Ultrasensitive photoelectrochemical sensor enabled by target–induced signal quenchers release strategy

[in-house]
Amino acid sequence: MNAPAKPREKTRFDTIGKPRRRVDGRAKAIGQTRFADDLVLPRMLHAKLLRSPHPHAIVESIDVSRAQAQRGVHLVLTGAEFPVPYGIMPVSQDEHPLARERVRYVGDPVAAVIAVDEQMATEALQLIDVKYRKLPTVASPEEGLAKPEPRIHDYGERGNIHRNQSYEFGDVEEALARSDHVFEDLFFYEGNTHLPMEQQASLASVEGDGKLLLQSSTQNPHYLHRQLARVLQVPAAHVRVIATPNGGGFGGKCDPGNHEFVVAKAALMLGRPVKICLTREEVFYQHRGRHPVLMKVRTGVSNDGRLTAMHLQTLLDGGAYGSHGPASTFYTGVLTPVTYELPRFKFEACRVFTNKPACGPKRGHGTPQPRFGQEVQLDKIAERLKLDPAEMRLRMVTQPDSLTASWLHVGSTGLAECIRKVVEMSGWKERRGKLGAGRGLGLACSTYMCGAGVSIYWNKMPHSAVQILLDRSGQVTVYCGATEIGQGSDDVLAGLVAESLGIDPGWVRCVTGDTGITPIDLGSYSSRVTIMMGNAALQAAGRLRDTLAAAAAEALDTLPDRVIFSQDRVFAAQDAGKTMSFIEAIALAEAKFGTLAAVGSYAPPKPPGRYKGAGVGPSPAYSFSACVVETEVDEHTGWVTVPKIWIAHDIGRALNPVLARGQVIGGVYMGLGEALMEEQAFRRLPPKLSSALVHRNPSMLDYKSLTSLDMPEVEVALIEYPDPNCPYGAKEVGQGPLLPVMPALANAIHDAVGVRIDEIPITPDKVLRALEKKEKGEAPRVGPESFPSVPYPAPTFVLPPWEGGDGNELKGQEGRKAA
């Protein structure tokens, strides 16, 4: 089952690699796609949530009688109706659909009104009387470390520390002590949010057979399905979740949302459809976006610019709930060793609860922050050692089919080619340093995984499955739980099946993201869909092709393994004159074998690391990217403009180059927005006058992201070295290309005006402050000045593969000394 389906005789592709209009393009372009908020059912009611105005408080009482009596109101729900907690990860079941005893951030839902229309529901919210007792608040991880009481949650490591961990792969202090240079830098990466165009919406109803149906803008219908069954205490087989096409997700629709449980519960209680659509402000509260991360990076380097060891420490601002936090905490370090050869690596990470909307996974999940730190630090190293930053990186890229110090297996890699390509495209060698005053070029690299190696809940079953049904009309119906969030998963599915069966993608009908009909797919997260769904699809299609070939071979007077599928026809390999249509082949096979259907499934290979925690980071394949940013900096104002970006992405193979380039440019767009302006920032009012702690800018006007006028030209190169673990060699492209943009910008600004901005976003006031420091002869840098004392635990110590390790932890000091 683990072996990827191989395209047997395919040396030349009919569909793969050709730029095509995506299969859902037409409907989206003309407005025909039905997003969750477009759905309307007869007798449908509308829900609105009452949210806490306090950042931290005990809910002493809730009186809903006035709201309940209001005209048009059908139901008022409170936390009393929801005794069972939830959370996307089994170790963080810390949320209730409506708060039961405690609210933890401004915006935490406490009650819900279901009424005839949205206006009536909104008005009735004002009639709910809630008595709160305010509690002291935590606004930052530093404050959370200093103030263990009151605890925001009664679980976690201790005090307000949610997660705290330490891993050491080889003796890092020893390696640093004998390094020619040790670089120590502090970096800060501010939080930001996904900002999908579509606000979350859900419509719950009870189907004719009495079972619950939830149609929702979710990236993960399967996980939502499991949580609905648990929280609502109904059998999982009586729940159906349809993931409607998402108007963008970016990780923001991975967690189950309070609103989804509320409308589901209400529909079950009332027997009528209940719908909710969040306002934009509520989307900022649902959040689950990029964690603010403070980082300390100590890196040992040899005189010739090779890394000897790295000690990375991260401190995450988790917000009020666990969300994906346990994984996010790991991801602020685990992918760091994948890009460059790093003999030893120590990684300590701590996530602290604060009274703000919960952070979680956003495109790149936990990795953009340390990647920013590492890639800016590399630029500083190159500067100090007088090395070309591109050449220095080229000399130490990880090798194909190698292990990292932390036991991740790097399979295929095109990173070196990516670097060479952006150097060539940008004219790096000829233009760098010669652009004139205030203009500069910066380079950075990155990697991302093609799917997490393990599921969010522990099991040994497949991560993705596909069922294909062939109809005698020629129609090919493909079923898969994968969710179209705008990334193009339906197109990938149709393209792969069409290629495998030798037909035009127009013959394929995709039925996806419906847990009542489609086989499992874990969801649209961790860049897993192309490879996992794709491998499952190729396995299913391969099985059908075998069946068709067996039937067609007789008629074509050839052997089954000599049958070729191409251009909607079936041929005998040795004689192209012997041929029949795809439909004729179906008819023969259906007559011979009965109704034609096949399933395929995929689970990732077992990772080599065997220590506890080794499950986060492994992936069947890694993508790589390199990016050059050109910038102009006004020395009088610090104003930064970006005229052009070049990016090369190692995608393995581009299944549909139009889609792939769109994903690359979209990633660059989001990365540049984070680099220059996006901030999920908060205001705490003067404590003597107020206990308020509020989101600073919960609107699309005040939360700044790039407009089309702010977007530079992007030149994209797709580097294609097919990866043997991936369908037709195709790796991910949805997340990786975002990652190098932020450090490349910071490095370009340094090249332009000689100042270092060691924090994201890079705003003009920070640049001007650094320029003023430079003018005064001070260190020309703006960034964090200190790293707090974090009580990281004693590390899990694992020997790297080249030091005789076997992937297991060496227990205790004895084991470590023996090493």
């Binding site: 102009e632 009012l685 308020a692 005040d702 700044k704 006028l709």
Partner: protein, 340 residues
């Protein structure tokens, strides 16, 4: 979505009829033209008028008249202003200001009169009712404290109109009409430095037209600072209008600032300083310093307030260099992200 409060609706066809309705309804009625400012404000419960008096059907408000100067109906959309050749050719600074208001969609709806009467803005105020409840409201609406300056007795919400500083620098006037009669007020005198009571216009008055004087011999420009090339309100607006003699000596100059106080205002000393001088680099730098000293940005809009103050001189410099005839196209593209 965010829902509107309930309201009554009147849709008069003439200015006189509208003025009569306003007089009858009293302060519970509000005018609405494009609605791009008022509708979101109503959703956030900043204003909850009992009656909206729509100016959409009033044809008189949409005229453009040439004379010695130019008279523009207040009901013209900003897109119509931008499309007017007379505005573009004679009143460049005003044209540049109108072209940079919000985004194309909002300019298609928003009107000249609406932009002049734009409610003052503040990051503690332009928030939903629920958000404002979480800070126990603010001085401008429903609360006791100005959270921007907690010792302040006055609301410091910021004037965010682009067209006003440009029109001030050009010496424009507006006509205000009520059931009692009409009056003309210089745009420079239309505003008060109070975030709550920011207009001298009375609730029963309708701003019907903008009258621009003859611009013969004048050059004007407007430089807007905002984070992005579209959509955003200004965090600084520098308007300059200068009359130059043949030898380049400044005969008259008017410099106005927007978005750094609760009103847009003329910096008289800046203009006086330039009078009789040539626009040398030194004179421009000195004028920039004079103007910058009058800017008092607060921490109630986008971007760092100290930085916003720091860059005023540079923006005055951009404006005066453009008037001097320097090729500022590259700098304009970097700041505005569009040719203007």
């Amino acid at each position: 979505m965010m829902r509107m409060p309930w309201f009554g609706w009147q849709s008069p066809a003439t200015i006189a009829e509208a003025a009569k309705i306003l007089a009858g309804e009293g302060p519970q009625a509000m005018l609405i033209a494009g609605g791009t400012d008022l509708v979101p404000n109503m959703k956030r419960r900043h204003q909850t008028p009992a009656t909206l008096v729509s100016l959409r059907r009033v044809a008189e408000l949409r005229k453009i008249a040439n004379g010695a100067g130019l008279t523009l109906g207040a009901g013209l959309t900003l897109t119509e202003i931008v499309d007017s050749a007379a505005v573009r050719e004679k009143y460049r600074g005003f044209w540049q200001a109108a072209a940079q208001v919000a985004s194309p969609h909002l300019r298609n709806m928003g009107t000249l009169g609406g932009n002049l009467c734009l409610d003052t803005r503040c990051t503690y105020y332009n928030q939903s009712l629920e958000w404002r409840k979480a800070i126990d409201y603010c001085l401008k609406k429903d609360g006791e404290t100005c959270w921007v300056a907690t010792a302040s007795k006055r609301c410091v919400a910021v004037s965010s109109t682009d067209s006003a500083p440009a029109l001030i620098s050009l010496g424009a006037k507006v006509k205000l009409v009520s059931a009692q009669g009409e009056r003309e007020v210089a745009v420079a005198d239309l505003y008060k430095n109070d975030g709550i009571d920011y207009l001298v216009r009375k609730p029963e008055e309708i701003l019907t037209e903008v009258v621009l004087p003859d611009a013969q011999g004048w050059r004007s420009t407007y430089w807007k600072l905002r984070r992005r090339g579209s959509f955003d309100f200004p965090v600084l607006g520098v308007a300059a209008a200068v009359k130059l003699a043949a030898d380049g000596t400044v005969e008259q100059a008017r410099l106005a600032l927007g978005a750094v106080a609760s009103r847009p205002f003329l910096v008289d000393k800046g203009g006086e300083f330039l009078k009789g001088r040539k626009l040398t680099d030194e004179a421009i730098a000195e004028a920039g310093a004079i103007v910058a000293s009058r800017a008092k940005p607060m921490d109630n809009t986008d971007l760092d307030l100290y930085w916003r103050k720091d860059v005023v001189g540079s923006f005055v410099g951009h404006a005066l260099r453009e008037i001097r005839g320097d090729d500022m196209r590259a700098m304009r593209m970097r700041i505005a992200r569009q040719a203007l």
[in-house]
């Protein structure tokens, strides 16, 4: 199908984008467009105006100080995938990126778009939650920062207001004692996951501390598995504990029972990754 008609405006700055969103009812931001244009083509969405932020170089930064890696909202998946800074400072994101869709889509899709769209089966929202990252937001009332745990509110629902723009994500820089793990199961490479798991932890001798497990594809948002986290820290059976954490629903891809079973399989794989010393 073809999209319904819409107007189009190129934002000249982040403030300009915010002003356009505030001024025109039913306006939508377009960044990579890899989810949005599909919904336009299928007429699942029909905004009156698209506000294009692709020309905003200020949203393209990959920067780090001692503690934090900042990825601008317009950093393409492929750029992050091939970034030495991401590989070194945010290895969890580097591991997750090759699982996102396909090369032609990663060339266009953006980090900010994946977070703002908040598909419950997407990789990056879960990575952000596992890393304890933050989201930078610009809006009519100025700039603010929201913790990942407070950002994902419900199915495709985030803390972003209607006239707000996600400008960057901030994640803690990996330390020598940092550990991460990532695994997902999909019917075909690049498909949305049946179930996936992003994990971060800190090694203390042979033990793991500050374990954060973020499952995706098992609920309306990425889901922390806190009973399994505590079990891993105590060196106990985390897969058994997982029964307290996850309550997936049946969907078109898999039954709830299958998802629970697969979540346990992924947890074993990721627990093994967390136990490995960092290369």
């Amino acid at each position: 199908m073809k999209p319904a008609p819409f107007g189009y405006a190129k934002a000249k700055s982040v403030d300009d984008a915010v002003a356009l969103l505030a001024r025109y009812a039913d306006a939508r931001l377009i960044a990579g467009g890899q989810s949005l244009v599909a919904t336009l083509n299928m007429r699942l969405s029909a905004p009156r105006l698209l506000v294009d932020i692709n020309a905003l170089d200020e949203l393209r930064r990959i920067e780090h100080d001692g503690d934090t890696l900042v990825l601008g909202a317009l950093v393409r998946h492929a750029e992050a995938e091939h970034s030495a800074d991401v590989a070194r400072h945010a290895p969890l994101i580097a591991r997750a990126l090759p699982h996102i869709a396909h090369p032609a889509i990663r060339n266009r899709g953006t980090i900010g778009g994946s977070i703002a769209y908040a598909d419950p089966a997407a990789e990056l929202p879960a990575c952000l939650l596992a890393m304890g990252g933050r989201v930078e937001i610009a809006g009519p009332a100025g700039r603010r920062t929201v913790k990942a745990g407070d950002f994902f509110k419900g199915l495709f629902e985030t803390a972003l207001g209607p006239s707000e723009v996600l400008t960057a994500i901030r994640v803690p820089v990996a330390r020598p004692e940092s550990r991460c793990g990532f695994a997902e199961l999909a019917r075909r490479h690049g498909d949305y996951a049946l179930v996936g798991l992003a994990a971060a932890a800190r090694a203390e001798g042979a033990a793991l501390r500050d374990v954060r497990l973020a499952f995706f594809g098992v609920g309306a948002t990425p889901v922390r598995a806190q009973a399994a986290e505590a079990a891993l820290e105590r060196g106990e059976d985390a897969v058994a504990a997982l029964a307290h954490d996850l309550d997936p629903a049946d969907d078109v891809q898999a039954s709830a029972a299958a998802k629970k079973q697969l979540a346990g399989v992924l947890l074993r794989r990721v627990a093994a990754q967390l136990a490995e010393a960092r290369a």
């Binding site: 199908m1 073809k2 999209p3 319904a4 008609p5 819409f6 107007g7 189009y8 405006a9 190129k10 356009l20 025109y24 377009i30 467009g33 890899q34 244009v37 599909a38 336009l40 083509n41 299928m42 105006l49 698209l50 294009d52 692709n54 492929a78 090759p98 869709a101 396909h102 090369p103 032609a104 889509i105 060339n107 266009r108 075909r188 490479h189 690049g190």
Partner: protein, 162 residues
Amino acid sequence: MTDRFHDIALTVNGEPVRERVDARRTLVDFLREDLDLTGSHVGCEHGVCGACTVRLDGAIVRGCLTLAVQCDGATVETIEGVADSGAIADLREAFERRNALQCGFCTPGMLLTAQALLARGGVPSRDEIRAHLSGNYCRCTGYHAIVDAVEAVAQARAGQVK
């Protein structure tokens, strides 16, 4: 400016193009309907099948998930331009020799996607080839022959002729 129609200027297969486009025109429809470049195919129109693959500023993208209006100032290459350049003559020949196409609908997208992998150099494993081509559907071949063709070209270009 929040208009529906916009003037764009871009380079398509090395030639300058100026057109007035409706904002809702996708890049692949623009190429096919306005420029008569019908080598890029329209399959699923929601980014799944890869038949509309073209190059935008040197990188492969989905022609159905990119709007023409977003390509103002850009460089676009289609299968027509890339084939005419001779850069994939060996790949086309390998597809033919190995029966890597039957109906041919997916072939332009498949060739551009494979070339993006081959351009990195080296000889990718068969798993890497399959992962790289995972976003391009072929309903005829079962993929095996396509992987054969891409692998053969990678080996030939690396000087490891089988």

In this work, a target-induced signal quenchers release strategy was proposed to construct a sensitive photoelectrochemical (PEC) sensor. To achieve it, Cu nanoclusters (NCs) featuring with outstanding chemical performance were introduced and then be pickled with acid to generate Cu2+ signal quenchers to quench the photocurrent response. Moreover, three–dimension (3D) hierarchical seaweed-like TiO2 nanomaterial (HSTN) was firstly prepared and served as the electron transporting material, which could provide the highly pathways for the transfer of photoinduced electrons. Meanwhile, in order to extending the light response to visible range, the narrow band gap CdS quantum dots (QDs) were employed to form the HSTN/CdS heterojunction. In addition, the magnetic bead (MB) modified PSA aptamer (MB–Apt) was used as the auxiliary structure which could combine with DNA-Cu NCs through the specific recognition. When the target PSA was existed, the MB-Apt would bond with PSA due to the relatively large interaction force, triggering the release of Cu NCs. With the aid of acid, the Cu NCs could be converted to Cu2+ and then react with CdS to form CuxS, decreasing the photocurrent signal. Consequently, the concentration of PSA could be accurately detected through monitoring the change of photocurrent. This work provided an ingenious idea to fabrication of highly sensitive PEC sensors.